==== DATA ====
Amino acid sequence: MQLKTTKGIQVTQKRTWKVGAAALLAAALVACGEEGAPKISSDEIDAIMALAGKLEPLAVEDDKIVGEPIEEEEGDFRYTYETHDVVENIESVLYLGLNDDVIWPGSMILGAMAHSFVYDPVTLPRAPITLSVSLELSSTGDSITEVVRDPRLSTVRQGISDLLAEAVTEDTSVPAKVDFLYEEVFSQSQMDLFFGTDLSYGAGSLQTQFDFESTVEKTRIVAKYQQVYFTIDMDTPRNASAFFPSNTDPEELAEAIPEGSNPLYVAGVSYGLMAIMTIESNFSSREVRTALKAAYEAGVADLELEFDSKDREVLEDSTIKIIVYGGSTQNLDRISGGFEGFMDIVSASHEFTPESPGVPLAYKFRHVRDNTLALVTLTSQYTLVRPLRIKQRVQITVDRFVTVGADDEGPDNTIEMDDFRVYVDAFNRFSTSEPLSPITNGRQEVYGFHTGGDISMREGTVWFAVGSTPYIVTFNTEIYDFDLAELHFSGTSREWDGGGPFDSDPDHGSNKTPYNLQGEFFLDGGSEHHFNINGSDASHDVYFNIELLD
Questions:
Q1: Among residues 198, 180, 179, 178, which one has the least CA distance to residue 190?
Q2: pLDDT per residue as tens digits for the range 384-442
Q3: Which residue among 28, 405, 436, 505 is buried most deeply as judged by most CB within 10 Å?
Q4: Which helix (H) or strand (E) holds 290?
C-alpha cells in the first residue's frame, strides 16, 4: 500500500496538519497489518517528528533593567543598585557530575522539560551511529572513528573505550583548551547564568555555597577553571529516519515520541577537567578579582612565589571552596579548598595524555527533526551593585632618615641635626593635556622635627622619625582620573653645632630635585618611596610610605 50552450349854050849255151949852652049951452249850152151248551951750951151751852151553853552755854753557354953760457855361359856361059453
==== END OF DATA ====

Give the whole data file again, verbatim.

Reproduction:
Amino acid sequence: MQLKTTKGIQVTQKRTWKVGAAALLAAALVACGEEGAPKISSDEIDAIMALAGKLEPLAVEDDKIVGEPIEEEEGDFRYTYETHDVVENIESVLYLGLNDDVIWPGSMILGAMAHSFVYDPVTLPRAPITLSVSLELSSTGDSITEVVRDPRLSTVRQGISDLLAEAVTEDTSVPAKVDFLYEEVFSQSQMDLFFGTDLSYGAGSLQTQFDFESTVEKTRIVAKYQQVYFTIDMDTPRNASAFFPSNTDPEELAEAIPEGSNPLYVAGVSYGLMAIMTIESNFSSREVRTALKAAYEAGVADLELEFDSKDREVLEDSTIKIIVYGGSTQNLDRISGGFEGFMDIVSASHEFTPESPGVPLAYKFRHVRDNTLALVTLTSQYTLVRPLRIKQRVQITVDRFVTVGADDEGPDNTIEMDDFRVYVDAFNRFSTSEPLSPITNGRQEVYGFHTGGDISMREGTVWFAVGSTPYIVTFNTEIYDFDLAELHFSGTSREWDGGGPFDSDPDHGSNKTPYNLQGEFFLDGGSEHHFNINGSDASHDVYFNIELLD
Questions:
Q1: Among residues 198, 180, 179, 178, which one has the least CA distance to residue 190?
Q2: pLDDT per residue as tens digits for the range 384-442
Q3: Which residue among 28, 405, 436, 505 is buried most deeply as judged by most CB within 10 Å?
Q4: Which helix (H) or strand (E) holds 290?
C-alpha cells in the first residue's frame, strides 16, 4: 500500500496538519497489518517528528533593567543598585557530575522539560551511529572513528573505550583548551547564568555555597577553571529516519515520541577537567578579582612565589571552596579548598595524555527533526551593585632618615641635626593635556622635627622619625582620573653645632630635585618611596610610605 50552450349854050849255151949852652049951452249850152151248551951750951151751852151553853552755854753557354953760457855361359856361059453